SBOE Chair Donna Bahorich heads home to Houston after a successful trip to San Antonio where she hosted her second ‘Community Conversation’ roundtable, a state-wide tour that Donna and the SBOE are hosting to develop thoughtful recommendations to take to the new Texas Commission on Next Generation Assessments and Accountability, which is scheduled to hold hearings around the state this year.
Donna is working hard to see that positive changes are made in our schools, like giving internet access to all of our students, making sure textbook review processes are as efficient as possible and, most of all, hearing from community members and educators to ensure all voices are represented.
I must mention, though, that Donna has run out of state-allocated funds and is traveling the state, hosting these efforts on her own dime. She needs support from Texans in order to continue making these positive changes.
As I’ve shared with you earlier, there will be a reception honoring Donna in Austin on Monday, January 25 from 5-7pm at the Hilton downtown. The Governor will also be there to make remarks. I hope you can join me in supporting Donna.
If you are unable to make it to the reception, please consider contributing online: http://www.donna4texas.com/make-a-contribution/
SBOE Chair admits “We’ve been awesome at collecting data, but we’re not awesome at how we are delivering that data,”
SAN ANTONIO – Last night’s discussion about the Texas accountability system in San Antonio may be one of the first times in months more than 150 people could gather in a room and talk about standardized testing in a civilized manner.
Discussions about accountability and testing in the last couple of sessions have been shrill and frustrated, with lawmakers generally hearing more complaints than solutions. But Donna Bahorich, chair of the State Board of Education, has prepared a slate of statewide meetings to drill for constructive feedback.
Bahorich booked the large meeting room at the Education Service Center in San Antonio for the full evening. SBOE members Marisa Perez and Ken Mercer joined her, along with the new chair of the Texas Commission on Next-Generation Accountability and Assessment, Comal ISD Superintendent Andrew Kim.
This was the second stop in a multi-city tour, and Bahorich already can see themes emerging across the stakeholder groups: students, educators, parents and business. Everyone wants to see an accountability system in Texas that produces meaningful information, with the emphasis on “meaningful.”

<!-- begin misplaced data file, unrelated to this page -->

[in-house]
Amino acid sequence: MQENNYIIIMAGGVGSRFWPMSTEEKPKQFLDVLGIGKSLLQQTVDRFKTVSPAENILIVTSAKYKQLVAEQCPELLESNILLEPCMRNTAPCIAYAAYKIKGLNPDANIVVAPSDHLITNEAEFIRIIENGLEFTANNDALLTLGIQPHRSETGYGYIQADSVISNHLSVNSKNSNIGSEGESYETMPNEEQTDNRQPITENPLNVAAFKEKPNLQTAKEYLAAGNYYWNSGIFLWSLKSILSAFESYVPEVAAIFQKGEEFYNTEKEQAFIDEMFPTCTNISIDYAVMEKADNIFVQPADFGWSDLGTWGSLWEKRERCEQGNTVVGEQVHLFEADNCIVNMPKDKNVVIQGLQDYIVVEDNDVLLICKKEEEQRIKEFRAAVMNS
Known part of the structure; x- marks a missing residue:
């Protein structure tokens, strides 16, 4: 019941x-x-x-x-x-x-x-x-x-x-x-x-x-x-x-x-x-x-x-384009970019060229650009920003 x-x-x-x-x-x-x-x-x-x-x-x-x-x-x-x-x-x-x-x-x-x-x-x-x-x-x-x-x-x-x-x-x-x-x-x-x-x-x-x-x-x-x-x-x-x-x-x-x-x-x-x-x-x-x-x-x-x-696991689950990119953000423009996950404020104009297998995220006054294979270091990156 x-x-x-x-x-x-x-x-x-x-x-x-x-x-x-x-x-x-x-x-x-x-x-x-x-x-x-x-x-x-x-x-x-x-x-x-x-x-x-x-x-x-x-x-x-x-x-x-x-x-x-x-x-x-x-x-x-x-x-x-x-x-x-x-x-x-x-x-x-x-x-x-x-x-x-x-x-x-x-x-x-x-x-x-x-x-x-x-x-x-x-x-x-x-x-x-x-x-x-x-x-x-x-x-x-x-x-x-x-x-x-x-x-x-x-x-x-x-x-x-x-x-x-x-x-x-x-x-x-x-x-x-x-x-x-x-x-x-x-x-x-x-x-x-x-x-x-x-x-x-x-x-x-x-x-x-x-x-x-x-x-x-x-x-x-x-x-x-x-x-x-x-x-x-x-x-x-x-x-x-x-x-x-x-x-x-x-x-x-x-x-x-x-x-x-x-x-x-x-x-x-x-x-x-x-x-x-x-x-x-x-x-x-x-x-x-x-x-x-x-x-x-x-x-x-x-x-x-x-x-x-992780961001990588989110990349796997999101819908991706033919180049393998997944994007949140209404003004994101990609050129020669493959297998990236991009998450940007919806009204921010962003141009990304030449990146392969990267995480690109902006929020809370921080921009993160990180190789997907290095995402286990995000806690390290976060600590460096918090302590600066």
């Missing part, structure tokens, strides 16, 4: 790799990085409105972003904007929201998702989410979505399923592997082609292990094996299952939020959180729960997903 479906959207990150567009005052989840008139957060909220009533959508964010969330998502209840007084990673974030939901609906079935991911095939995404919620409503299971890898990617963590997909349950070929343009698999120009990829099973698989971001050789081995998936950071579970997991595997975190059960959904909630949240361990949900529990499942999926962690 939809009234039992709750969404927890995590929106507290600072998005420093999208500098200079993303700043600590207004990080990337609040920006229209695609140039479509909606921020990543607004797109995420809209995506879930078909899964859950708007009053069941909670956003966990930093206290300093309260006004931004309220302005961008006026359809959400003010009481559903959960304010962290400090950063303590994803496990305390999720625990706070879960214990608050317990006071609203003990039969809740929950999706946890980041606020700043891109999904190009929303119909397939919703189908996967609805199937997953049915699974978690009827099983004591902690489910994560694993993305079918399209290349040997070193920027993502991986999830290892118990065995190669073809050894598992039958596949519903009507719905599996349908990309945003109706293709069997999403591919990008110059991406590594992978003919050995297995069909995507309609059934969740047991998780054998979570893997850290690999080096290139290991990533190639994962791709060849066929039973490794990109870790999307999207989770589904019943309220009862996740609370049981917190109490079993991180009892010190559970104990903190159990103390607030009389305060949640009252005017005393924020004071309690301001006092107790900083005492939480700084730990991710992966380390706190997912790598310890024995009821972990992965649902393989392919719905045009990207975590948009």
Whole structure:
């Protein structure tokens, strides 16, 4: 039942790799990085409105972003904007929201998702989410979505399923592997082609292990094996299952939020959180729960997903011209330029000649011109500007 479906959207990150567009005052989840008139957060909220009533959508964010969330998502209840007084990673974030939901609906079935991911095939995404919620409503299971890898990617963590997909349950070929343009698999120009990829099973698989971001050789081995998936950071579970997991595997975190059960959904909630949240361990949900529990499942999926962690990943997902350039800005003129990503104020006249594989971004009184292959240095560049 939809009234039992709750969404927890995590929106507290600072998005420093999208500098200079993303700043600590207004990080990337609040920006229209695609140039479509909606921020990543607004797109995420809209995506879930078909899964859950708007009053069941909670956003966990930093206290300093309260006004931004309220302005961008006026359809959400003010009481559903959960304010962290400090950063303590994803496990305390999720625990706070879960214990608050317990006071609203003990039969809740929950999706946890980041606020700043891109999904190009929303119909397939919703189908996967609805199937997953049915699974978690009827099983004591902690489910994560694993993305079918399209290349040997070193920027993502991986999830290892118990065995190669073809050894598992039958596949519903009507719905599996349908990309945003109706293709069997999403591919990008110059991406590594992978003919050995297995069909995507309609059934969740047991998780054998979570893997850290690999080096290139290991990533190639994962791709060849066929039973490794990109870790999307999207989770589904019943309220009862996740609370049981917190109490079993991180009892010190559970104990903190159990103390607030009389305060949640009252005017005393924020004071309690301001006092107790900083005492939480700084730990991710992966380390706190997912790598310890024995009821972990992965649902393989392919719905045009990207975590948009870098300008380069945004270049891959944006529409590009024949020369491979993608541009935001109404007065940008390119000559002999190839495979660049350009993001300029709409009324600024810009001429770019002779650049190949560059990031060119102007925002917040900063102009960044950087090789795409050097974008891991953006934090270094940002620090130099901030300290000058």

“We collect a lot of information. We’ve been awesome at collecting data, but we’re not awesome at how we are delivering that data,” Bahorich said. “We haven’t worked hard enough on that delivery piece. We’re not getting any clarity or guidance. It should be much more clear.”
Students at the meeting wanted a system that amounts to a meaningful exercise in that it would either recognize their accomplishments or guide their improvements.
“They want something that’s not just about the system, something that’s going to help the students move forward with their goals,” Bahorich said. “They want an assessment they can take and say, ‘This is pointing me in a good direction.’”
Some of the frustration comes from an inability to interpret what the data means, Bahorich said. Whatever the data is, and whatever test is used, the system must be clearly delivering information that parents, teachers and students can use.
“It can’t be opaque. We can’t say we’re doing it because we’re meeting a deadline,” Bahorich said. “People should be able to do something with the information we give them. We need to know where the kids are, what do they know, and how do we get them to where they need to go.”
SBOE expects different feedback for each city it visits. In San Antonio, participation was heavily weighted toward parents of special education students and advocates for children who are enrolled in bilingual education. Many were frustrated with the accountability system’s lack of accommodations.
Some of the more popular comments at the meeting included:
Parents want more flexibility in assessment. The goal should be to move on once an objective is accomplished, rather than drilling the same information again and again. They also wanted specific information on how to help their children.
Special education teachers noted that “modified is not really modified if you’re only changing a word or two.” More teacher input is needed in test creation, according to the group, and tests need to be accurately evaluated and validated.
Educators said meaningful assessment does not have to be high stakes every year to be effective. Schools need to be creating a learning atmosphere where progress, as well as mastery, is recognized. Assessment should be used to inspire and guide, rather than demoralize students.
Students need to understand what data is being used to measure college and career readiness. It should be clear to the student whether they are on a path to readiness, and what they need to do to improve.
Educators said the lack of consistency in the way the state has tested has led to often invalid and unreliable student data. Some added the tests are a measure of accountability and not a measure of student learning.